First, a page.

The item below is one of two components of an old (c 1950?) electric chisel. (The other part is a reciprocating solenoid.) The name tag on this part says "Electric Converter", with a 6 amp rating. Inside the case are 10 thin disks, separated by plastic-looking spacers.

The output socket has 4 pins: frame ground; 'neutral' (connects to one AC input line); and two which (unloaded) each measure 120 Vac relative to the 'neutral'. The latter two do not show continuity to any other pins, or to each other. No DC, at least on my DVM.

I'm wondering if this is a dual half-wave selenium rectifier (Wikipedia). However, if the 10 disks are the "plates" described there, the 20v reverse voltage per plate rating seems marginal.


  • Any idea what it is?
  • If it is a rectifier, it's broken, yes? (AC on the output)
  • If it is a selenium rectifier, is the 20v per plate Vrev not a problem?
  • If it is selenium, would that material's properties (e.g., current-limiting (per wikipedia)) be advantageous in this application (large switching inductive load), compared to a diode-based rectifier with a similar power rating?

EDIT: The output cord from this device feeds the solenoid section of this tool. The nameplate on that says 120 V, 60 cy [hz]. So, not a rectifier.

Size: 6" long, 4" diameter

case - 6x4"

Disks & spacers: disks & spacers

  • \$\begingroup\$ There was a time when copper oxide rectifiers were also in use and they were superficially similar and also lossy with large heat dissipation plates. - en.wikipedia.org/wiki/Metal_rectifier It may be possible to replace it with a compact silicon version if the rest of the circuitry can handle the improved characteristics. \$\endgroup\$
    – KalleMP
    Oct 25, 2018 at 7:08

3 Answers 3


Any idea what it is?

Your guess of a selenium rectifier seems likely. Based on your analysis, it may have failed. This is not surprising; selenium rectifiers were rather fragile and prone to failure already, and using one in a high-vibration environment (like an electric chisel!) would have placed it under a lot of stress.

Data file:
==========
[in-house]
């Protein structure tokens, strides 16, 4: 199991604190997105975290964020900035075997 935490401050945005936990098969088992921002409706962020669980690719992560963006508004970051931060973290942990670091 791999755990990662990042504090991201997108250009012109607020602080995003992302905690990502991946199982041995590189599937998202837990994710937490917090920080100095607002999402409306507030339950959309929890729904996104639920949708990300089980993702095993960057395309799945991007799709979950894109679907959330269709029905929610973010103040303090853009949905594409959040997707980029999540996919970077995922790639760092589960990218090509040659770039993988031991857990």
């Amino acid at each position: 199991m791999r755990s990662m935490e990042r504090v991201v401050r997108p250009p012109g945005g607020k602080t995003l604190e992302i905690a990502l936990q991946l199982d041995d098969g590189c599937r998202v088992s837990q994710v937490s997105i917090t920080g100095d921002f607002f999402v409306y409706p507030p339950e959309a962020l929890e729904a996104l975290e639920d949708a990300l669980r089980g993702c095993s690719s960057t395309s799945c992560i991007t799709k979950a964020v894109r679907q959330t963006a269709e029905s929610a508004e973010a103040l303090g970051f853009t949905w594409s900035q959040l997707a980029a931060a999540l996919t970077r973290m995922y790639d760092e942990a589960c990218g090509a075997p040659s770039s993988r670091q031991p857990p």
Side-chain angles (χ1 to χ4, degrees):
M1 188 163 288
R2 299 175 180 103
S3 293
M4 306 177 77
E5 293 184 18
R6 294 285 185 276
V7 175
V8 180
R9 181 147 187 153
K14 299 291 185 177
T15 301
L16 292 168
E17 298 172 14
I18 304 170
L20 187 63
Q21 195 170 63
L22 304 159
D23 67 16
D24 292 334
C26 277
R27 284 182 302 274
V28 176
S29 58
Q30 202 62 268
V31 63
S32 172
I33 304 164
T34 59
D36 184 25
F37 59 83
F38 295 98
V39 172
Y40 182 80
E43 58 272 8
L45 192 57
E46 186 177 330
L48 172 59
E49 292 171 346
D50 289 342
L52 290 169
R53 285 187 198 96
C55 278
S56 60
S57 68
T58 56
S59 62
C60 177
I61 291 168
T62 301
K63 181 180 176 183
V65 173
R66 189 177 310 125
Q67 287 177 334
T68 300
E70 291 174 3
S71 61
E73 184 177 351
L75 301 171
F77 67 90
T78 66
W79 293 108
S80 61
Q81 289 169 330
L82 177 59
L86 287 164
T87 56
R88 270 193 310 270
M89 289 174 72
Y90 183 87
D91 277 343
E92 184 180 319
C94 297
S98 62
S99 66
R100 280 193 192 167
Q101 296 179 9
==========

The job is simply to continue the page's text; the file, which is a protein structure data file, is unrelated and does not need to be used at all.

This device probably used a selenium rectifier because silicon rectifiers did not exist at the time it was constructed, or were not large enough to use in this application. If a similar device were to be built today, it would use a silicon diode -- there is no advantage to the use of a selenium rectifier.

Selenium is rather toxic. If you have touched the disks inside this device, wash your hands thoroughly. Do not place this device in the trash; please bring it to a local hazardous waste center for disposal.

  • \$\begingroup\$ Failed selenium rectifiers have a characteristic rotten egg smell, caused, I believe by (rather toxic) hydrogen selenide gas. \$\endgroup\$ Oct 31, 2018 at 11:43
  • \$\begingroup\$ @SpehroPefhany How long would that smell persist, though? Selenides stink to high heaven, but if it's been on the shelf for a couple of decades it might have dissipated. \$\endgroup\$
    – user39382
    Oct 31, 2018 at 16:32
  • \$\begingroup\$ Sure, I think it would only last days or weeks. But he's apparently powering it so it might make a new smell. \$\endgroup\$ Oct 31, 2018 at 16:58

A selenium surge suppressor has construction and appearance similar to a selenium rectifier. It is possible that the pictured component is a surge suppressor. If you could trace the wiring and draw a schematic diagram, you could probably determine which it is.

  • \$\begingroup\$ Per new info (edit, above), it seems not to be a rectifier. Wiring: one AC input line is wired straight through to the output plug. ('neutral', so to speak.) The other goes to the center of the disk stack. \$\endgroup\$
    – George
    Oct 25, 2018 at 14:13
  • \$\begingroup\$ ... Also, the outside ends of the disk stack are wired to the hot contacts on the output plug. So, it looks like 1/2 the stack (5 disks) is in series with each output feed path. \$\endgroup\$
    – George
    Oct 25, 2018 at 18:22

It is a rectifier, and appears to work. The 120 V line input connects to the center of the disk stack, and the outputs are connected to its two ends. When loaded (100 W bulbs), one output measures 37 Vdc (relative to AC neutral); the other measures -37 Vdc.

I don't know for certain that it's selenium, but I think that's the most likely, given its design and vintage.


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